Phone: +44 (0)117 928 8258
Professor Martindale’s research interests are wide-ranging, with a particular commitment to cross-disciplinary research. He is interested in Latin poetry (particularly Catullus, Virgil, Horace, Ovid, Lucan), and its reception, especially in English literature (he has edited collections on the reception history of the three great Augustan poets, Virgil and his Influence, Ovid Renewed, and Horace Made New). He has written extensively on Shakespeare’s and Milton’s engagement with antiquity. His book Redeeming the Text, on reception theory and the classics, helped to set the agenda for what has become the fastest growing area of the discipline; and he has recently co-edited with Professor Richard Thomas of Harvard University a collection of essays designed to carry the debate forward (Classics and the Uses of Reception). He was awarded a Leverhulme Major Research Fellowship to write a monograph Latin Poetry and the Judgement of Taste arguing for the importance of beauty and the aesthetic in our response to the arts. His work thus covers Classics, English, Comparative Literature, Critical Theory, and Aesthetics; other concerns include translation and translation theory, autobiographical writing and the personal voice, and theories of reading and criticism. Most recently, together with Professor David Hopkins of the Bristol English Department, he has been asked by Oxford University Press to be overall editor of a 5-volume Oxford History of Classical Reception in English Literature, one of the largest projects in literary reception ever undertaken.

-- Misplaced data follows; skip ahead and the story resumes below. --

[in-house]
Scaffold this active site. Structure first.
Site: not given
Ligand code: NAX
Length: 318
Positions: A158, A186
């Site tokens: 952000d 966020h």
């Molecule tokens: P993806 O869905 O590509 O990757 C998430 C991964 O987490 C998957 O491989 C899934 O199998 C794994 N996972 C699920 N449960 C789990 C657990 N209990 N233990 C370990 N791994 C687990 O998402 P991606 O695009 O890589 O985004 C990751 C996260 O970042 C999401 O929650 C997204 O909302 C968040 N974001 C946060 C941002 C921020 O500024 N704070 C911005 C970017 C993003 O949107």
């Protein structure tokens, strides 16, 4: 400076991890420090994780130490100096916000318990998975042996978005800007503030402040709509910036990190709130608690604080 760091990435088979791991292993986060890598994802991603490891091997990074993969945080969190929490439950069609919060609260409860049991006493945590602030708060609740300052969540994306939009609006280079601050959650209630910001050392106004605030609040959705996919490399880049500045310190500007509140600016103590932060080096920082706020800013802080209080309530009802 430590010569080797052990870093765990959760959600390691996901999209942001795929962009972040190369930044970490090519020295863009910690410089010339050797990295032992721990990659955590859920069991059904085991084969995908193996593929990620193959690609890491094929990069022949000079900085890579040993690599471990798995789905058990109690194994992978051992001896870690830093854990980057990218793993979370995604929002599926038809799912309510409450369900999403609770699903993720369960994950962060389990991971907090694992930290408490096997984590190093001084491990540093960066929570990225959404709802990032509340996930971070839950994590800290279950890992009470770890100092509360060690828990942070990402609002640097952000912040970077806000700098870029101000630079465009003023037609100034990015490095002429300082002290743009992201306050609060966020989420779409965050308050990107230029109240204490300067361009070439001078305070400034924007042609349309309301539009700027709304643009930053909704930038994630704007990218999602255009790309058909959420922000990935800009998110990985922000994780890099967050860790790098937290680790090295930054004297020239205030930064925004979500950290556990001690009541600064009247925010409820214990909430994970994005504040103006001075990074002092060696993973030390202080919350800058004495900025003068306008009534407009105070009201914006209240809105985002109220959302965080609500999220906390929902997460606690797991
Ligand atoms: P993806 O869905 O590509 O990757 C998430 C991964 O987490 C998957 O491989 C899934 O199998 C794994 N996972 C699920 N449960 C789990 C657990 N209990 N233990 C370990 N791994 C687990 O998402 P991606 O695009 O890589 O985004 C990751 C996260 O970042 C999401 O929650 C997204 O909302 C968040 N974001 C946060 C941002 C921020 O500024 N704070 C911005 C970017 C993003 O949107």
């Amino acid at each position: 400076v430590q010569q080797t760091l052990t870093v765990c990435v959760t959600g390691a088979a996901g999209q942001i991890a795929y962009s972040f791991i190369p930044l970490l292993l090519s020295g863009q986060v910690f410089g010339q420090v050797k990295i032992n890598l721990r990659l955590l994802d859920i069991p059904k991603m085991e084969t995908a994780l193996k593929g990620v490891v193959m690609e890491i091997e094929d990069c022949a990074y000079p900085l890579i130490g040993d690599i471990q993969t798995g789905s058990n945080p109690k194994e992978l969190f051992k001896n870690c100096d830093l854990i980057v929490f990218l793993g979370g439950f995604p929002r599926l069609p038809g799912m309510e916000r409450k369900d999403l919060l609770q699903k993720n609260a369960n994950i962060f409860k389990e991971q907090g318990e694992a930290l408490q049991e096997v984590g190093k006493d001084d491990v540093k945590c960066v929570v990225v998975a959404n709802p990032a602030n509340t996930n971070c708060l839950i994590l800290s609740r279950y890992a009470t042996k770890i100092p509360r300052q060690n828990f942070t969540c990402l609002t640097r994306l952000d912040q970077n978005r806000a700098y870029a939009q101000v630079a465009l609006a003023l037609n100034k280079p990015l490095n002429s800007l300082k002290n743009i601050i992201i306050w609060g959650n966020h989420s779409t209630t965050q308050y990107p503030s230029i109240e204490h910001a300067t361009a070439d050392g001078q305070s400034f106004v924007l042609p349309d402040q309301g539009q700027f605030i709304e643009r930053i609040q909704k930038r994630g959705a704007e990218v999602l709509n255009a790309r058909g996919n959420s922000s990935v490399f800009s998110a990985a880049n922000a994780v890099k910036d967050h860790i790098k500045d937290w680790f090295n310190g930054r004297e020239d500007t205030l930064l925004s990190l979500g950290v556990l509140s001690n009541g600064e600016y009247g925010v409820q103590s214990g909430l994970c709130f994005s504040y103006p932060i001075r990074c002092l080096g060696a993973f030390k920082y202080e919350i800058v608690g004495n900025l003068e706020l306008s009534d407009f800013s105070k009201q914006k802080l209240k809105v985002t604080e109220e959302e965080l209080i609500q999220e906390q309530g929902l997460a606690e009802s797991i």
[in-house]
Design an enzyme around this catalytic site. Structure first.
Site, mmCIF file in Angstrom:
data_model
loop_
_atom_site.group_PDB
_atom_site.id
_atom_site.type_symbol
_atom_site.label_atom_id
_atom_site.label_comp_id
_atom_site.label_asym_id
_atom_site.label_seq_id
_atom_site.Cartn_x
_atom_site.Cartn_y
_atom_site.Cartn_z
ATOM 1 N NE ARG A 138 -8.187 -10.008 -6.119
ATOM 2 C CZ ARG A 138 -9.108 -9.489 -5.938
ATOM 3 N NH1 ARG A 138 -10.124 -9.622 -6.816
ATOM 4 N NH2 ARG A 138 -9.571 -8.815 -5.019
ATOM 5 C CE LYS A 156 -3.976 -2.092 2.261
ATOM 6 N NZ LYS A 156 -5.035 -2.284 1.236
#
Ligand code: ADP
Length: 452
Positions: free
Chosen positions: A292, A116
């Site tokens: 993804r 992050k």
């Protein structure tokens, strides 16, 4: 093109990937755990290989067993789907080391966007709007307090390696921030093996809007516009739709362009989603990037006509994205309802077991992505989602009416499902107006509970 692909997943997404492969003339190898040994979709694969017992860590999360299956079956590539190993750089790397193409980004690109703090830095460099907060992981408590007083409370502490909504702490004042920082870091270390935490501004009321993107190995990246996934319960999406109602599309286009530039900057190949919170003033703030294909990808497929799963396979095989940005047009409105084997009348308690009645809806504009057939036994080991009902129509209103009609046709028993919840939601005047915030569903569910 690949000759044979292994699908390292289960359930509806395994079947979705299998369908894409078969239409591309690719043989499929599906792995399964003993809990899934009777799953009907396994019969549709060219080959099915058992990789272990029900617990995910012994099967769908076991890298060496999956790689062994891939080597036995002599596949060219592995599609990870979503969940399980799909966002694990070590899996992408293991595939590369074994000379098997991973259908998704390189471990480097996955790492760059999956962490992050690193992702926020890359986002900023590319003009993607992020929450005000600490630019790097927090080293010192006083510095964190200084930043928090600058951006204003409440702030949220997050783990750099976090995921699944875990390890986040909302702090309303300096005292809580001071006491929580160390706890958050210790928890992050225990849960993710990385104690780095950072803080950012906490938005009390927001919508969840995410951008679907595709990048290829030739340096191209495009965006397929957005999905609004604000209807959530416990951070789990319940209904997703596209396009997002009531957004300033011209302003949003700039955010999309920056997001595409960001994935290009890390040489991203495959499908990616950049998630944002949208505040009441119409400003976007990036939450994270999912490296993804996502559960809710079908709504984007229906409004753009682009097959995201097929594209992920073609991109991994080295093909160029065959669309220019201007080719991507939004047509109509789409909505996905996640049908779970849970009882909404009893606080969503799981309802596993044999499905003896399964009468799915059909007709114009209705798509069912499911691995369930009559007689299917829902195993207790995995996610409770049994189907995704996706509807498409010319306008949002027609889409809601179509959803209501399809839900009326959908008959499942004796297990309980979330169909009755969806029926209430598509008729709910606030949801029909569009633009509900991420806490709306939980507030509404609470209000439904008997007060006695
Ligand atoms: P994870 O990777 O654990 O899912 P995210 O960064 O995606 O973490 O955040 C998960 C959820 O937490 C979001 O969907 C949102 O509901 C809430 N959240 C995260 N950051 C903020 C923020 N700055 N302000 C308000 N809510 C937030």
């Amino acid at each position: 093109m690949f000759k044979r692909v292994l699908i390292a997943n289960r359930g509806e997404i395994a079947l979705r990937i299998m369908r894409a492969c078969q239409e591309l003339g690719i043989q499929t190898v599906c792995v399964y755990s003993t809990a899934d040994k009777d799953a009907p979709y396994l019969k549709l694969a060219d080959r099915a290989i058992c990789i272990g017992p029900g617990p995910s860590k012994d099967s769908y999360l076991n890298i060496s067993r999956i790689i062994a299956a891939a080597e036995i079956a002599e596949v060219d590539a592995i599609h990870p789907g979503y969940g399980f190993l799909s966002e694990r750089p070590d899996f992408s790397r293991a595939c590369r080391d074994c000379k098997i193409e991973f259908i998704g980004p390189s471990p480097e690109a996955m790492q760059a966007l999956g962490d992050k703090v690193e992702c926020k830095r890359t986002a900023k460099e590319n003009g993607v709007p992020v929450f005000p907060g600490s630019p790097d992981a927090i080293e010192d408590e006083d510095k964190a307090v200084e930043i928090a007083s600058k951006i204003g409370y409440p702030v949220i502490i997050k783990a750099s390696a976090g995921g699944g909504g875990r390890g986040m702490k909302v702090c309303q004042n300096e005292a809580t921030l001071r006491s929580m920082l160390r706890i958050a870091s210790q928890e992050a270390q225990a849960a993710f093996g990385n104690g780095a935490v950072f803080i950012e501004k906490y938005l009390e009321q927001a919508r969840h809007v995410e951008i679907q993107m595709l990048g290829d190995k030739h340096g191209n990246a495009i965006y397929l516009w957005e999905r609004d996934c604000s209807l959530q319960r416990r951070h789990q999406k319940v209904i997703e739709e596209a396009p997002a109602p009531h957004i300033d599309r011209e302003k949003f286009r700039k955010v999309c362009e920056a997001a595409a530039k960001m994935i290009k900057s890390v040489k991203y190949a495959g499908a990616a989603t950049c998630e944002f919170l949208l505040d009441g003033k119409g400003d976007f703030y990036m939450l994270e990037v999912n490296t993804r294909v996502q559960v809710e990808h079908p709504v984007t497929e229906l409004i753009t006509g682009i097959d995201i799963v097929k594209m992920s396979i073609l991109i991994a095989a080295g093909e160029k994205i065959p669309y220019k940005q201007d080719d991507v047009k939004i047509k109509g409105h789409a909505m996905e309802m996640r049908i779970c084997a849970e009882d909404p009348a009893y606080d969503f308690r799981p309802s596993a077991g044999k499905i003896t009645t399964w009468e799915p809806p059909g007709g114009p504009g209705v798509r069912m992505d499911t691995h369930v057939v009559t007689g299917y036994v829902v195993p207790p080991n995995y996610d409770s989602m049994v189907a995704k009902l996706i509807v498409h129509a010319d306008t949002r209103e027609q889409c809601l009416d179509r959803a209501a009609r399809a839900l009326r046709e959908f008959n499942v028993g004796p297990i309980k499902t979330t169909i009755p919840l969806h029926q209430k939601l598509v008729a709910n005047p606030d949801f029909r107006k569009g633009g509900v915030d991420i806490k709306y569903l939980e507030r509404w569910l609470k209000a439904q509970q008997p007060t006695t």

Professor Martindale welcomes applications from prospective research students planning to work on topics related to any of the above areas. Examples of PhDs he has supervised are: Ovidian influences on English Literature; Virgil’s Presence in 20th-Century France; Landscape and the Eclogues; Catullus and his Reception.
Professor Martindale teaches units on Latin language and literature and on reception and approaches to reading.